In November 1665 Robert Boulter published in London a Sabbatian message to serve the agenda of radical dissidents, who opposed Charles II's policy of toleration. He claimed that he received a letter from Aberdeen which dcscribed the arrival on the Scottish coast of a mysterious ship, loaded with Hebrew-speaking Jews who were gathering their brethren from all over the world to return to Jerusalem. (51)

The Sabbatians boldly proclaimed on their satin sails, "THESE ARE THE TEN TRIBES OF ISRAEL," who would give liberty of' conscience to all (except the Turks). It is unclear whether Boulter believed there were actual Jews living in Scotland, or whether he hoped to insult the Scots and their Stuart king by implying that they where Jewish.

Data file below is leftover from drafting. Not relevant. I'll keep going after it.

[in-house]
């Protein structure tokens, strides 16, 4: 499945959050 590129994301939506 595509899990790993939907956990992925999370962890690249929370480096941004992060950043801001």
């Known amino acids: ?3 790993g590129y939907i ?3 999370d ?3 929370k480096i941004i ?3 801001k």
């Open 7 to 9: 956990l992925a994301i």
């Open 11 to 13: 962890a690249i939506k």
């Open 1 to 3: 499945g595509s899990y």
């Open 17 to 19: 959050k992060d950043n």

Meanwhile in Amsterdam, some Jewish admirers of Sabbatai Zevi hoped that the English king would assist them, despite the current state of war between England and Holland which had spread to the Mediterranean.

But when Sabbatal Zevi -under threat of death-apostasized to Islam, the royalists in Britain were relieved that the potentially incendiary movement fizzled out. There is little evidence that Jews in London supported the campaign, which threatened to undermine their delicate position under the king's protection. (52)
(p. 17)

I'll pick up this Sabbatian link in the manuscript next time.